At the time Woody Allen's friend Dick Cavett was hosting a series of Time-Life historical specials for HBO in which a process was used to insert Cavett into archival footage. The process so intrigued Allen it became the impetus for making this film.
The movie was nominated for two Academy Awards, for Best Costume Design and Best Cinematography, but the film failed to win Oscars in either category. The losses were ironically to Fanny and Alexander (1982), an Ingmar Bergman film, Allen being a big fan of his work, with many of his films having been influenced and inspired by Bergman's work.
Patrick Horgan replaced John Gielgud as the narrator. Gielgud had recorded the entire narration for the film, but Woody Allen decided to recast the role after hearing it because he thought Gielgud sounded "too grand" for the part.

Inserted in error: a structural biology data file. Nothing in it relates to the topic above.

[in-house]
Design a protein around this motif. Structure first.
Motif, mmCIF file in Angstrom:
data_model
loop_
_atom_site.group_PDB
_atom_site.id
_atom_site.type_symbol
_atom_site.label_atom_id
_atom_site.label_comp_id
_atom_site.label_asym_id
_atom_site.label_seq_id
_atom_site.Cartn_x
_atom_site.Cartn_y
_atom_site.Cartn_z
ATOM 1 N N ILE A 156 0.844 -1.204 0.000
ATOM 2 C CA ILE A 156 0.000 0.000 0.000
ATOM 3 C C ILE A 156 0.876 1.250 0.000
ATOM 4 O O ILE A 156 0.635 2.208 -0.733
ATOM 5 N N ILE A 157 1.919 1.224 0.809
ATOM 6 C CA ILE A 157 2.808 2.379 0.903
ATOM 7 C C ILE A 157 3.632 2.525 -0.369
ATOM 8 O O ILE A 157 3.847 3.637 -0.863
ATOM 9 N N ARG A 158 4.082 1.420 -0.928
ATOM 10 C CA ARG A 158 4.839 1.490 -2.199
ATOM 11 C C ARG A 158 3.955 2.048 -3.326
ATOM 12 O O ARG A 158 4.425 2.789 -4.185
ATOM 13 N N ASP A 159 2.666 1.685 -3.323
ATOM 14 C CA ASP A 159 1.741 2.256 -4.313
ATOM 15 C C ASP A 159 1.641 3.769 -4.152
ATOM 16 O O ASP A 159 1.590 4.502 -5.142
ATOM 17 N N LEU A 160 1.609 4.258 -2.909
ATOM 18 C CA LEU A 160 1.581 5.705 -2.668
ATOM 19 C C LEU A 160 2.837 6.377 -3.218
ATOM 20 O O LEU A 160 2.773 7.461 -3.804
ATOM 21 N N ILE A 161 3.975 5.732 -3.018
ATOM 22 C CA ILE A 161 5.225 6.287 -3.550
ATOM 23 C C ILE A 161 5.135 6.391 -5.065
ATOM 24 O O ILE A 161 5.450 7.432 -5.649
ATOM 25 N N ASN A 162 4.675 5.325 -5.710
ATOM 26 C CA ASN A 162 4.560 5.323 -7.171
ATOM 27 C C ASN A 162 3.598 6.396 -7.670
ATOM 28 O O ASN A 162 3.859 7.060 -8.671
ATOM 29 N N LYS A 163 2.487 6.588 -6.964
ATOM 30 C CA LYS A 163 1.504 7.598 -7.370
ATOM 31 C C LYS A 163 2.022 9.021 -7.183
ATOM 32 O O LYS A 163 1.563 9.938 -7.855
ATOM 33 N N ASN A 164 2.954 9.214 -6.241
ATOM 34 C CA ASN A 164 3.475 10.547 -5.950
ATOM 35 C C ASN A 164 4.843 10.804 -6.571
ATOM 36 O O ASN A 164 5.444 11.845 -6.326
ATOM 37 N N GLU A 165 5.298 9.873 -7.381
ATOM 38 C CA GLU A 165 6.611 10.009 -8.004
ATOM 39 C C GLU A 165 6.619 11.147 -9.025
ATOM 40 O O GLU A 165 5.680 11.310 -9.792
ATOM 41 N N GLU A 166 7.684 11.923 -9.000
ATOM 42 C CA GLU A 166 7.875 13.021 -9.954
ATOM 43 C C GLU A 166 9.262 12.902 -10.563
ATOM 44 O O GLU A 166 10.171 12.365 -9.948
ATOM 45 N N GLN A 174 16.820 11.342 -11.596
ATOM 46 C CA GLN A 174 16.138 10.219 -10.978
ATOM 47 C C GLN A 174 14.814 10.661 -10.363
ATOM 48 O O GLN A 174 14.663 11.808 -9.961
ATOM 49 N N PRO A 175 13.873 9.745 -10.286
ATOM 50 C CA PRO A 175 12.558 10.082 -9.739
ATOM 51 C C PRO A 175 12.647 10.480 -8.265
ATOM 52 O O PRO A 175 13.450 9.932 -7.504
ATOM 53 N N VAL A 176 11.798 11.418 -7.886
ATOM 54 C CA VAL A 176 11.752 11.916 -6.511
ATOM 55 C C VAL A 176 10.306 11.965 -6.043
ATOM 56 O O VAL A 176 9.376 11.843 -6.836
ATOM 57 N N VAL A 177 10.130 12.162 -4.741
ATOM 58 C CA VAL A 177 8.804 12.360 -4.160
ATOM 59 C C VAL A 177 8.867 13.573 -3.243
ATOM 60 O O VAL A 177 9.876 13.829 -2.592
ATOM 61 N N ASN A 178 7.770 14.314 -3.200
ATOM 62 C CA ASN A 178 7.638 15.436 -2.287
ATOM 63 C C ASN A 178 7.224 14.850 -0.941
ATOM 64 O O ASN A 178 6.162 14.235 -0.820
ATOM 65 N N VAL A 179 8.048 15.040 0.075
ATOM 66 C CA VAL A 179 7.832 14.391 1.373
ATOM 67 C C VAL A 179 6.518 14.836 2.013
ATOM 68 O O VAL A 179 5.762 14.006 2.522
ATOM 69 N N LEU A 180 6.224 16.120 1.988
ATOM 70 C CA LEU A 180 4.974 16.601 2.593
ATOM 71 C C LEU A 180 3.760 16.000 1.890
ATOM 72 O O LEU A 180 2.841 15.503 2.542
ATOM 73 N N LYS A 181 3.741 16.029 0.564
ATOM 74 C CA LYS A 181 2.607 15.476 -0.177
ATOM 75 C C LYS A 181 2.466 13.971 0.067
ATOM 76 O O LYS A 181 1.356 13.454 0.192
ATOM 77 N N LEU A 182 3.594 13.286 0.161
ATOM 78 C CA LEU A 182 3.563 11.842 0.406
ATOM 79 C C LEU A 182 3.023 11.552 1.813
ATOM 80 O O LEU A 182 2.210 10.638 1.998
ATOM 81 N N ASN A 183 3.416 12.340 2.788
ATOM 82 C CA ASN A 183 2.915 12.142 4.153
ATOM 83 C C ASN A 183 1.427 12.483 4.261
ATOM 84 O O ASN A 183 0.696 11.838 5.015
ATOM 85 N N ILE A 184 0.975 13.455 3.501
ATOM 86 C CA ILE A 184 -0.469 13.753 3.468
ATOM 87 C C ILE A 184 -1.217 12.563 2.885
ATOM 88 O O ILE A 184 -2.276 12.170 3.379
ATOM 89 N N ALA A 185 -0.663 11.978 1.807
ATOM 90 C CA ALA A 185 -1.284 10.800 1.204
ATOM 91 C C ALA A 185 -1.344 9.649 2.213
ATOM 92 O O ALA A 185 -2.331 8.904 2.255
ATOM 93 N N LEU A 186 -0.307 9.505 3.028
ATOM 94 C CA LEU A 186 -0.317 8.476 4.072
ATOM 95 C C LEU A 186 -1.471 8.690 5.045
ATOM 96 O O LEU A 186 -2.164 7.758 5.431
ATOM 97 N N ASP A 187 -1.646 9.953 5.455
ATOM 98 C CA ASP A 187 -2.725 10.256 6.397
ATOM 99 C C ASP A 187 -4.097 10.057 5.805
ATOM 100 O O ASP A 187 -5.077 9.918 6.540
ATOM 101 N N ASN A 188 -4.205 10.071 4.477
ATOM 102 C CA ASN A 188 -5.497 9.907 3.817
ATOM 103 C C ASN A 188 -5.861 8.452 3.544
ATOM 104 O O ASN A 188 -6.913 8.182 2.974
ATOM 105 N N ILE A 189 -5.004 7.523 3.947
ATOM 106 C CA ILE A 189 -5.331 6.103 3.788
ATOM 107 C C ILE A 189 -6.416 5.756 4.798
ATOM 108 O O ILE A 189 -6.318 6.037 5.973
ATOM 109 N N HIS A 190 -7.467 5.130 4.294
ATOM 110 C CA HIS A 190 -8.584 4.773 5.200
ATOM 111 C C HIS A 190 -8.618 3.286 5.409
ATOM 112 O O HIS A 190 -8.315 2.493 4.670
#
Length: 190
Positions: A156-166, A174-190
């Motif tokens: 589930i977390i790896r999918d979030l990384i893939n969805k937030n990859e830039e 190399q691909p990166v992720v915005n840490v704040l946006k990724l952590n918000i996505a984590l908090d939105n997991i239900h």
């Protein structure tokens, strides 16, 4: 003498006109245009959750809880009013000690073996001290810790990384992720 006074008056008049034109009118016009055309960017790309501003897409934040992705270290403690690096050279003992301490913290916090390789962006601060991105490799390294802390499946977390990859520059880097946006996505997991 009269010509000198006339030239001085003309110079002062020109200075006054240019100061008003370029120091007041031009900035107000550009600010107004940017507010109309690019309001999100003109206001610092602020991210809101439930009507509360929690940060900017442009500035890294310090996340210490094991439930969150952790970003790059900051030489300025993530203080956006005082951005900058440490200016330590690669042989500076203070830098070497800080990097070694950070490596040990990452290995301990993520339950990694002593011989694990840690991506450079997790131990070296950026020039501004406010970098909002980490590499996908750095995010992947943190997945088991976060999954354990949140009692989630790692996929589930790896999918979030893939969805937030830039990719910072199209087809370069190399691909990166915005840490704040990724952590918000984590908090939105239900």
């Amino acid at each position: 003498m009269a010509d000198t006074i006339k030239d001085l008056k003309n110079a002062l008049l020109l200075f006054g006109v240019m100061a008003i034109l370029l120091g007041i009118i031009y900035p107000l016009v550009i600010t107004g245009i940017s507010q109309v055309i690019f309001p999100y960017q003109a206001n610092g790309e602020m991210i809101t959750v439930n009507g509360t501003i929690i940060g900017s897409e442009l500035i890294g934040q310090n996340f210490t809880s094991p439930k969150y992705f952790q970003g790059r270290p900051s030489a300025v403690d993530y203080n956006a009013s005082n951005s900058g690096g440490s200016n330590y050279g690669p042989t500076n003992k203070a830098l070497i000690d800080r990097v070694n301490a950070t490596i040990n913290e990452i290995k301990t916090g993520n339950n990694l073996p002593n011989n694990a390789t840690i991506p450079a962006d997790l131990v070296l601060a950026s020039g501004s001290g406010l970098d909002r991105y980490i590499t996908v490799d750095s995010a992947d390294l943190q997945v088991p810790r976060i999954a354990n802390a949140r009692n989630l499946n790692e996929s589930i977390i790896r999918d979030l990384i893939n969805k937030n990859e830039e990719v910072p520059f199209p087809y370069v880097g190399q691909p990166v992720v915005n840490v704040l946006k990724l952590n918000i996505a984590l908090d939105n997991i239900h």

One of a number of pictures which were filmed in black-and-white by director Woody Allen during his immediate post-Annie Hall (1977) period between the late 1970s and early-mid 1980s. The films include Manhattan (1979), Stardust Memories (1980), Zelig (1983) (also in color) and The Purple Rose of Cairo (1985) (mostly in color but also in B&W). After that movie, Allen would then not make another b&w film for about another six years, until Shadows and Fog (1991) in 1991.
The name of the 1935 Warner Bros. film which was based on the life of Leonard Zelig was "The Changing Man". The movie, supposedly depicting the life of Zelig, is fictitious, and was never actually made. Like the story of Zelig, it is something totally invented by Woody Allen.